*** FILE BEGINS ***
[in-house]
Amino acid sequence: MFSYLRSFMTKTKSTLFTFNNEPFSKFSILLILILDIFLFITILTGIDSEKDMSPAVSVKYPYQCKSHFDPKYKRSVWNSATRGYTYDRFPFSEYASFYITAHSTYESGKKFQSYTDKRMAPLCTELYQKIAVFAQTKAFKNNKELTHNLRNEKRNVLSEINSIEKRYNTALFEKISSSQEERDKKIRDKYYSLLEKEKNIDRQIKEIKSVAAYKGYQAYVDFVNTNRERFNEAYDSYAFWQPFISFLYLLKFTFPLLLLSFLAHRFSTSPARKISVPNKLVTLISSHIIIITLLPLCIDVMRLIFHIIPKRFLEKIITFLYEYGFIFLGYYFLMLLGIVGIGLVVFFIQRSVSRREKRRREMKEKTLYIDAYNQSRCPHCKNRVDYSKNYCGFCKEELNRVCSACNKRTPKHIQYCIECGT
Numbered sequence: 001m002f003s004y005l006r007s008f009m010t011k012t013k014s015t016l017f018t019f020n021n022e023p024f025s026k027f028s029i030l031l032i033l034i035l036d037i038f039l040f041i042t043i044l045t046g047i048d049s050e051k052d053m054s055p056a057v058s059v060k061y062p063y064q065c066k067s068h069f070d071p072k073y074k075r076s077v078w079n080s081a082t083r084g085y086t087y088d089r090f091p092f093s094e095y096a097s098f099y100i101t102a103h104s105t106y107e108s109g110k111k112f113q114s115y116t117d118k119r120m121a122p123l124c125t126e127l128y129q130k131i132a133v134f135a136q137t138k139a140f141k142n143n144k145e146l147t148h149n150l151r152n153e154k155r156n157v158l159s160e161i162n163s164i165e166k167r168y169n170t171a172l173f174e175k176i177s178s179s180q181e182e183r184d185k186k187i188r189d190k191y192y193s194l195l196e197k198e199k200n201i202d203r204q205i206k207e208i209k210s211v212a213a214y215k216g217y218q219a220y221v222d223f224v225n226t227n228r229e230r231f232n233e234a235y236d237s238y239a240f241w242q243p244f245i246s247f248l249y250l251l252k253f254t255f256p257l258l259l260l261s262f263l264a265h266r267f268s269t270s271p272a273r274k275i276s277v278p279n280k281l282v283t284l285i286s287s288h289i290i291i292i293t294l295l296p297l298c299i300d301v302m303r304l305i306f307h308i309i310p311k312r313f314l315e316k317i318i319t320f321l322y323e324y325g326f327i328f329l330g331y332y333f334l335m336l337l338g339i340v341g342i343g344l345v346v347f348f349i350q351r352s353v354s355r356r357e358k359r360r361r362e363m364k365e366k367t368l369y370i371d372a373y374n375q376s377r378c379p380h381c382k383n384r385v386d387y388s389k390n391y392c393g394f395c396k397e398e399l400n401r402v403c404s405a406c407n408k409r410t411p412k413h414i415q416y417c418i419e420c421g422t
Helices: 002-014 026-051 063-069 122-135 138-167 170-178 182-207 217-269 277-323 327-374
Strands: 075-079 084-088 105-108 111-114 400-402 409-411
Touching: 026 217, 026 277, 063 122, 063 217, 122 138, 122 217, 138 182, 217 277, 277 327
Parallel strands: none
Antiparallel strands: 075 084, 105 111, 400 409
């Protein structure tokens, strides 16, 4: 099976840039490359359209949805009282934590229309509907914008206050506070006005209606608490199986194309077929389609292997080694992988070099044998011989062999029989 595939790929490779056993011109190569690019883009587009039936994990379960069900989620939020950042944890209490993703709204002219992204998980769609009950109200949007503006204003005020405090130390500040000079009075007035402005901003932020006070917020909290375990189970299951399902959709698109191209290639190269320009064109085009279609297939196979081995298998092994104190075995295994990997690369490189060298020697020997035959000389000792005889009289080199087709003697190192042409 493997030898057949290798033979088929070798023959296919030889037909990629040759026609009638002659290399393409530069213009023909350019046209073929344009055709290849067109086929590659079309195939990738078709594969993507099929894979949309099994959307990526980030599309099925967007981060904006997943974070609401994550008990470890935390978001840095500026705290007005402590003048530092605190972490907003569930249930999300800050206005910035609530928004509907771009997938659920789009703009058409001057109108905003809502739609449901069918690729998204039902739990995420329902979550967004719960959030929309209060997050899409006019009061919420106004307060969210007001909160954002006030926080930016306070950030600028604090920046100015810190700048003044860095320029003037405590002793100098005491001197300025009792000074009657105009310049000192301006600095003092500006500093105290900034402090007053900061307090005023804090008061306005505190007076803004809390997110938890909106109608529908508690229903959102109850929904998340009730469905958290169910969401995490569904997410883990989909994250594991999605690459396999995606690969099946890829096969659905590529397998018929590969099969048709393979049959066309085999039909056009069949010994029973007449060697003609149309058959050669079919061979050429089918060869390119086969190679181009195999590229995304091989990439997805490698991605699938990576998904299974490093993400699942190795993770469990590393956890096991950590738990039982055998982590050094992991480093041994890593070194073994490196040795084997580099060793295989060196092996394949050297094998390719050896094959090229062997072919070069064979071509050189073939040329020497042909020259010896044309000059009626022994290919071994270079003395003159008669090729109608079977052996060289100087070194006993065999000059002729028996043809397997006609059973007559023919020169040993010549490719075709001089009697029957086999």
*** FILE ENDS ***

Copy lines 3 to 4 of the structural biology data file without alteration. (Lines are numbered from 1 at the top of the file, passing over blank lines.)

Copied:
Numbered sequence: 001m002f003s004y005l006r007s008f009m010t011k012t013k014s015t016l017f018t019f020n021n022e023p024f025s026k027f028s029i030l031l032i033l034i035l036d037i038f039l040f041i042t043i044l045t046g047i048d049s050e051k052d053m054s055p056a057v058s059v060k061y062p063y064q065c066k067s068h069f070d071p072k073y074k075r076s077v078w079n080s081a082t083r084g085y086t087y088d089r090f091p092f093s094e095y096a097s098f099y100i101t102a103h104s105t106y107e108s109g110k111k112f113q114s115y116t117d118k119r120m121a122p123l124c125t126e127l128y129q130k131i132a133v134f135a136q137t138k139a140f141k142n143n144k145e146l147t148h149n150l151r152n153e154k155r156n157v158l159s160e161i162n163s164i165e166k167r168y169n170t171a172l173f174e175k176i177s178s179s180q181e182e183r184d185k186k187i188r189d190k191y192y193s194l195l196e197k198e199k200n201i202d203r204q205i206k207e208i209k210s211v212a213a214y215k216g217y218q219a220y221v222d223f224v225n226t227n228r229e230r231f232n233e234a235y236d237s238y239a240f241w242q243p244f245i246s247f248l249y250l251l252k253f254t255f256p257l258l259l260l261s262f263l264a265h266r267f268s269t270s271p272a273r274k275i276s277v278p279n280k281l282v283t284l285i286s287s288h289i290i291i292i293t294l295l296p297l298c299i300d301v302m303r304l305i306f307h308i309i310p311k312r313f314l315e316k317i318i319t320f321l322y323e324y325g326f327i328f329l330g331y332y333f334l335m336l337l338g339i340v341g342i343g344l345v346v347f348f349i350q351r352s353v354s355r356r357e358k359r360r361r362e363m364k365e366k367t368l369y370i371d372a373y374n375q376s377r378c379p380h381c382k383n384r385v386d387y388s389k390n391y392c393g394f395c396k397e398e399l400n401r402v403c404s405a406c407n408k409r410t411p412k413h414i415q416y417c418i419e420c421g422t
Helices: 002-014 026-051 063-069 122-135 138-167 170-178 182-207 217-269 277-323 327-374